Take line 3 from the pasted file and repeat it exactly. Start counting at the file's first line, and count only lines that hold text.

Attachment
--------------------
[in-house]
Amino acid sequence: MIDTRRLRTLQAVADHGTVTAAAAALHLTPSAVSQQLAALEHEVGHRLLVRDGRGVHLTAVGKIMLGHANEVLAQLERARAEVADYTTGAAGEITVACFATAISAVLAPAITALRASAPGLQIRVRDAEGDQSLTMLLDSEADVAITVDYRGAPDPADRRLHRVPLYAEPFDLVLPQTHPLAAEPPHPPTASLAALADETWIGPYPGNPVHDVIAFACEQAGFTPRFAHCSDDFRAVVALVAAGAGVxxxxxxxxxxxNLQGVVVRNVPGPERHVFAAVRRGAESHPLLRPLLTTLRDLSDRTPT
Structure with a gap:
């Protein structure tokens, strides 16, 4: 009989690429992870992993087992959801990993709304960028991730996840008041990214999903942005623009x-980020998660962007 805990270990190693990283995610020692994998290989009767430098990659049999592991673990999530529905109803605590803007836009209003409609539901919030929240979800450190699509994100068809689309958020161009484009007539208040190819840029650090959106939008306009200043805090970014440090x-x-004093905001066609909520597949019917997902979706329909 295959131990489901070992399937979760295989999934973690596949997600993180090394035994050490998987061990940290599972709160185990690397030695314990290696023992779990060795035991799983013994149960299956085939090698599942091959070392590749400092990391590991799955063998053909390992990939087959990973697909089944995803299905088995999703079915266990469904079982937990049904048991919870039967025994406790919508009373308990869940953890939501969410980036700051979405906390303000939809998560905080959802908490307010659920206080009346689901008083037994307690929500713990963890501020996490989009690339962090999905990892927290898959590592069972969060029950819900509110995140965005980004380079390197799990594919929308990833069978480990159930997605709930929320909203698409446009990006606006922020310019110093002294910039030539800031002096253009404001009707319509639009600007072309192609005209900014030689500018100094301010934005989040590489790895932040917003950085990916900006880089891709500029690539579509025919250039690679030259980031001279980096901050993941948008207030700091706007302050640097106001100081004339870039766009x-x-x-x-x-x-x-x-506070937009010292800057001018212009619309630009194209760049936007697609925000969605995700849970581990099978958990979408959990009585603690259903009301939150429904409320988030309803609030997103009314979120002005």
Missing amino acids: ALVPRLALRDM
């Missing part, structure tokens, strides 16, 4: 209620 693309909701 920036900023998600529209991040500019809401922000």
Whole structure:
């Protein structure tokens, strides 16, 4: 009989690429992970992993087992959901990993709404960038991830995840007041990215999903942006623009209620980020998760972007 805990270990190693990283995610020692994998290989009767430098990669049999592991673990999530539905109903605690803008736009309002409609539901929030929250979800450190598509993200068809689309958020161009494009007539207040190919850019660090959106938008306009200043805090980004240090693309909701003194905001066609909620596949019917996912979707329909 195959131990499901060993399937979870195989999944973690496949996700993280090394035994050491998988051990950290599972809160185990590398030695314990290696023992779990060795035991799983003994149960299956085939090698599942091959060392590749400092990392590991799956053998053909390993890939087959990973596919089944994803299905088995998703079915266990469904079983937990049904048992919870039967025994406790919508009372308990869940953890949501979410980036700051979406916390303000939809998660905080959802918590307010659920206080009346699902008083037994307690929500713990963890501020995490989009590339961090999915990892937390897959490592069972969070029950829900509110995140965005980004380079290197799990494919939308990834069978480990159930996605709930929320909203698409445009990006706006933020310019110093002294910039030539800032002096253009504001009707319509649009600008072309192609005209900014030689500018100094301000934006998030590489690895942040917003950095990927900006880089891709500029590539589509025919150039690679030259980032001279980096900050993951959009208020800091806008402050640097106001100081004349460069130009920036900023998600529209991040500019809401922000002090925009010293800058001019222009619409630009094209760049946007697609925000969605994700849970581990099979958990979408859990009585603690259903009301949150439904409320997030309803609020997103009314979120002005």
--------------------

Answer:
Structure with a gap: